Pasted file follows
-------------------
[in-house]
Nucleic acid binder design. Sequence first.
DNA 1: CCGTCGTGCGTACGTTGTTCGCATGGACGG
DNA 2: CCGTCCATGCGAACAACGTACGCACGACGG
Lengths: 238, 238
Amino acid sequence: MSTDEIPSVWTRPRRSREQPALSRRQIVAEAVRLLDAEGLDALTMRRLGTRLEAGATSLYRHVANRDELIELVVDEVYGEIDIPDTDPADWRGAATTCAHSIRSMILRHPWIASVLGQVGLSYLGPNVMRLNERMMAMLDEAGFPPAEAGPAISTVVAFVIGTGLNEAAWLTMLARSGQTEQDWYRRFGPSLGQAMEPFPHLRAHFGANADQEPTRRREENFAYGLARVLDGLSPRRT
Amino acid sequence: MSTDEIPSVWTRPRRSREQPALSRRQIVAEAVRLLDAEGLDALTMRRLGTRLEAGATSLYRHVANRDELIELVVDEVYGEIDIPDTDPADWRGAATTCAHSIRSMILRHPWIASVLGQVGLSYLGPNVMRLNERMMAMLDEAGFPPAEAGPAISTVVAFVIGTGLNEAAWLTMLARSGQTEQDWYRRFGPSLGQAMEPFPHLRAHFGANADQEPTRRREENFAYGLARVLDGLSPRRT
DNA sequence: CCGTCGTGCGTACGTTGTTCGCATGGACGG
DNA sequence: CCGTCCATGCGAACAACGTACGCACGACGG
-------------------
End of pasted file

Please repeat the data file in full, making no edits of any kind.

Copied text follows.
[in-house]
Nucleic acid binder design. Sequence first.
DNA 1: CCGTCGTGCGTACGTTGTTCGCATGGACGG
DNA 2: CCGTCCATGCGAACAACGTACGCACGACGG
Lengths: 238, 238
Amino acid sequence: MSTDEIPSVWTRPRRSREQPALSRRQIVAEAVRLLDAEGLDALTMRRLGTRLEAGATSLYRHVANRDELIELVVDEVYGEIDIPDTDPADWRGAATTCAHSIRSMILRHPWIASVLGQVGLSYLGPNVMRLNERMMAMLDEAGFPPAEAGPAISTVVAFVIGTGLNEAAWLTMLARSGQTEQDWYRRFGPSLGQAMEPFPHLRAHFGANADQEPTRRREENFAYGLARVLDGLSPRRT
Amino acid sequence: MSTDEIPSVWTRPRRSREQPALSRRQIVAEAVRLLDAEGLDALTMRRLGTRLEAGATSLYRHVANRDELIELVVDEVYGEIDIPDTDPADWRGAATTCAHSIRSMILRHPWIASVLGQVGLSYLGPNVMRLNERMMAMLDEAGFPPAEAGPAISTVVAFVIGTGLNEAAWLTMLARSGQTEQDWYRRFGPSLGQAMEPFPHLRAHFGANADQEPTRRREENFAYGLARVLDGLSPRRT
DNA sequence: CCGTCGTGCGTACGTTGTTCGCATGGACGG
DNA sequence: CCGTCCATGCGAACAACGTACGCACGACGG